In Which the Garage Door Tries to Warn Us

18 January 2004

When I am frustrated in trying to explain what I mean, I resort to the Levi-Civita epsilon notation. I find this a little distressing, as pieces of self-knowledge go. Scott and I once, in high school, graphed our sense of telepathy with each other over time, on the back of one of those paper Chinese zodiac placemats. We were trying to discuss how we were experiencing being symbiotic, and math became a much easier language.

But I thought I was over that, is the thing. Not over math, because it's pretty. But over...having physics as a default, I guess.

When you have the same mathematical/theoretical physics training as someone else, and you can write what you mean in a very compact equation, you can hand it to them triumphantly: Look! Here's what I mean! And then they say, "Oh, you've got a Kronecker delta in there, okay, I see what you mean." Or else, "I think this delta function is kind of fudging here." But the reason we use math and abstruse notation in physics -- the reason THEY use math and abstruse notation, dammit -- is that it really is a compact and useful method of communication. Really. I've heard people complain about scientific jargon, but most fields that have jargon do so because it's a useful method of internal communication.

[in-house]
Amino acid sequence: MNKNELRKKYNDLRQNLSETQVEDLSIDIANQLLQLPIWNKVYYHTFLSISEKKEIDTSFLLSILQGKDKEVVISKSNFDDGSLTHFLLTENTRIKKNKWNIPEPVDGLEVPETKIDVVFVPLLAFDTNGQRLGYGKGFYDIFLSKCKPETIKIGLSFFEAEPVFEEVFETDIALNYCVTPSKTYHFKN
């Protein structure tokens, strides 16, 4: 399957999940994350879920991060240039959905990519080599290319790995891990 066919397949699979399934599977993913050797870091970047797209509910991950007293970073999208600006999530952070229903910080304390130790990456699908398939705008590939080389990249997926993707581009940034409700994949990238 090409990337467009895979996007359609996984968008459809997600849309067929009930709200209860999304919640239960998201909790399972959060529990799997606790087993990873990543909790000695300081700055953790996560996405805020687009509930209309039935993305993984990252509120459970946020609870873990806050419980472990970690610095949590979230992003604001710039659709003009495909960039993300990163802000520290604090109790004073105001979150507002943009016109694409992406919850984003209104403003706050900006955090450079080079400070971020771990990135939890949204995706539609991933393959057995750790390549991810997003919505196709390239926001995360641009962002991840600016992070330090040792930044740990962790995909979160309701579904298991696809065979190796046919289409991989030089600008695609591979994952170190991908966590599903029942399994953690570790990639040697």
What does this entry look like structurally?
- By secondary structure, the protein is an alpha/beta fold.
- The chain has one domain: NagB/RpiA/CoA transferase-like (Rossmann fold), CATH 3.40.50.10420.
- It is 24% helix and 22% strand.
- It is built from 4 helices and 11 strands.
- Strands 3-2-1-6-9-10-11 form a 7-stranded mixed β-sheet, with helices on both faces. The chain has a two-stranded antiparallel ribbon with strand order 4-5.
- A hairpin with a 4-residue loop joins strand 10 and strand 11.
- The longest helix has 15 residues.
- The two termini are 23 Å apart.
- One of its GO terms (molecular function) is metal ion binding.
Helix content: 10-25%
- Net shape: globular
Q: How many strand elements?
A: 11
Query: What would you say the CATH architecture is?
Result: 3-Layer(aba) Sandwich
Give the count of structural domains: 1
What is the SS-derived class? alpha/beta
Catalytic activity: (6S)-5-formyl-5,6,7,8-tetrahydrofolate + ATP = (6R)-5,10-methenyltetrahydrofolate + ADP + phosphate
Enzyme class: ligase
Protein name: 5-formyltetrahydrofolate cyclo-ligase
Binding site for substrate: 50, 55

In some ways it's like I went and spent years and years of my life learning Aramaic and am now shunning the company of anyone who pays attention to anything before the 18th century or south of Switzerland.